Harvard University researchers found that children with higher cadmium levels are three times as likely to have learning disabilities than those with lower levels.
While elements such as arsenic, lead, and mercury are often the first to pop up when discussing or thinking about toxic elemental species and human health, cadmium remains the lesser mentioned metal compromising the health of many — especially children. Although cadmium is naturally found in the environment, the heavy metal is also released by battery manufacturers, smelters, electroplating plants, and many other industries. Cadmium is also present in inexpensive jewelry for kids imported from China especially since lead has been regulated more strictly.The new study:
The researchers evaluated associations between urine cadmium concentration and reported learning disabilities (LD), special education utilization, and attention deficit hyperactivity disorder (ADHD) in US children using National Health and Nutrition Examination Survey (NHANES) data. They analyzed data from a subset of participants in NHANES (1999-2004) who were 6-15 years old and had spot urine samples analyzed for cadmium. A total of 2,199 children were included in the study, with 12.6 percent of them having a learning disability and 10.5 percent being enrolled in special education classes. Those with the highest cadmium levels were 3.21 times more likely to have a learning disability than children less exposed. The researchers also stress the point, that they observed these associations at exposure levels that were previously considered to be without adverse effects and these levels are common among U.S. children.
While current and future research will likely continue to make the dangers of cadmium more well known, past studies are collectively very consistent in showing that cadmium is a dangerous neurotoxin. High levels of exposure can lead to neurological problems as well as mental retardation and decreased IQ in children. The scientists highly recommend that the government re-evaluate cadmium’s place in society by instituting stricter rules for cadmium in food, soil, workplaces, and consumer products.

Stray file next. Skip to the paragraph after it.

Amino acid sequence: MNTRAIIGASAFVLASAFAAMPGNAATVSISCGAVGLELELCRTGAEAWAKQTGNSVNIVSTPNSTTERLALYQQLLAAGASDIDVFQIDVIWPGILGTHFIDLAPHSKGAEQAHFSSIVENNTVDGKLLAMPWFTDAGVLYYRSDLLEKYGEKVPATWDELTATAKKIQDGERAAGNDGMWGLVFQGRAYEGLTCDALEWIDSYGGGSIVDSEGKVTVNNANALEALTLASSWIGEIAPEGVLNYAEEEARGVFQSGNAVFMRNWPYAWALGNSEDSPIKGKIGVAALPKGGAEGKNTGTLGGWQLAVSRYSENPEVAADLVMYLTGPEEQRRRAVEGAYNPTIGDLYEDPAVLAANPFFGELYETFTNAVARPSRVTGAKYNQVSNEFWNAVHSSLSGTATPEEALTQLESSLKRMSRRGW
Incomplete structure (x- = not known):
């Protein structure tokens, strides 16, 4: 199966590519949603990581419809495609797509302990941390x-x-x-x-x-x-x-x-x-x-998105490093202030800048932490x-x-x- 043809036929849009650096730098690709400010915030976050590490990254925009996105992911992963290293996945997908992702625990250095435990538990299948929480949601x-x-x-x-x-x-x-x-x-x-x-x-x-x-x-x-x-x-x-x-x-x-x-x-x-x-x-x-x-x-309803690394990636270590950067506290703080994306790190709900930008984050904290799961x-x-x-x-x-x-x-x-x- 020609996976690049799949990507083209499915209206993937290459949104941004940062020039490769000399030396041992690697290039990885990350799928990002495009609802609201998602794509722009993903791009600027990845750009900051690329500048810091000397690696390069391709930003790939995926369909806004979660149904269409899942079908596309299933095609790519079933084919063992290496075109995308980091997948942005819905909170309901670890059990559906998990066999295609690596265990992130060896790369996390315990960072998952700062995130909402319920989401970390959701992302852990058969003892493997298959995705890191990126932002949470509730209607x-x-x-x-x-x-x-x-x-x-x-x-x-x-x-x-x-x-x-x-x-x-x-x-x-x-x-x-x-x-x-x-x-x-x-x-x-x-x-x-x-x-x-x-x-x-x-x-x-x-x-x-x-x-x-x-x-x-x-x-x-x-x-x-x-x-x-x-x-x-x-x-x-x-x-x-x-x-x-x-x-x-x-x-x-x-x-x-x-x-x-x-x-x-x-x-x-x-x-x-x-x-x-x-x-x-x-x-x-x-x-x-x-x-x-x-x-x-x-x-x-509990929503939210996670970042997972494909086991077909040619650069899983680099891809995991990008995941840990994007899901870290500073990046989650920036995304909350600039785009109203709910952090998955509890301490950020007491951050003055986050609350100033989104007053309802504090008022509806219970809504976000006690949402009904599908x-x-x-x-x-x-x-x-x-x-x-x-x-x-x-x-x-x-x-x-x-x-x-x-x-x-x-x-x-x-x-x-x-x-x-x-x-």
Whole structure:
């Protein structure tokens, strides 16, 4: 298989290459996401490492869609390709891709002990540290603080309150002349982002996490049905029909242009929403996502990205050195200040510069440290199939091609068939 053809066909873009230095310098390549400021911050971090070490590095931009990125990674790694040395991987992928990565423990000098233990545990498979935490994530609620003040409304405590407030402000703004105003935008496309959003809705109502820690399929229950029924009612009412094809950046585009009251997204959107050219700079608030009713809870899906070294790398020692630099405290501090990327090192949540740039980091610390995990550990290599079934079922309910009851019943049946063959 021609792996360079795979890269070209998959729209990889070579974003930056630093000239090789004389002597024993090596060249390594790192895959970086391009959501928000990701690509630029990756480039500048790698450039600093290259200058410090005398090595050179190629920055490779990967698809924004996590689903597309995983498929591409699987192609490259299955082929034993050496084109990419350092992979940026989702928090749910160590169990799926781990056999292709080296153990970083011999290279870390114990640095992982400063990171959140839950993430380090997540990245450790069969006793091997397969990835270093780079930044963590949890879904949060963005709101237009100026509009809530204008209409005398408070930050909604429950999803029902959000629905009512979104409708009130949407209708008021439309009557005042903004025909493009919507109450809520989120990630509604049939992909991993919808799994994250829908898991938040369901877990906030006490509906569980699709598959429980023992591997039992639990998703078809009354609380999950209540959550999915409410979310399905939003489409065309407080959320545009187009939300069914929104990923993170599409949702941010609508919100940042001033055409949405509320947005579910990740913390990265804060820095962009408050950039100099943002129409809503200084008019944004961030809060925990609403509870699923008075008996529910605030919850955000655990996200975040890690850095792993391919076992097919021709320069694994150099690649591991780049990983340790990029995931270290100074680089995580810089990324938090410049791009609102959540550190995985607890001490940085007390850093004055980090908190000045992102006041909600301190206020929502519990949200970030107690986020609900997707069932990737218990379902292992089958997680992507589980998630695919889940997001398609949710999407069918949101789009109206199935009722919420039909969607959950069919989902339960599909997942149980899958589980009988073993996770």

In Europe, cadmium compounds have been included in the list of chemicals of very high concern (SIN List) in order to speed up the implementation of REACH (see the news below) and the European Commision banned cadmium in plastics in December 2011. The new study
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Related EVISA Resources Brief summary: ICP-MS: A versatile detection system Link Database: Industrial use of cadmium Link Database: Toxicity of cadmium Link Database: Environmental cadmium pollution Related EVISA News February 12, 2012: Study links high levels of cadmium and lead in blood to pregnancy delay June 7, 2011: European Commission announces ban on cadmium in plastics September 18, 2008: REACH Update: List of 300 chemicals of very high concern
last time modified: February 15, 2012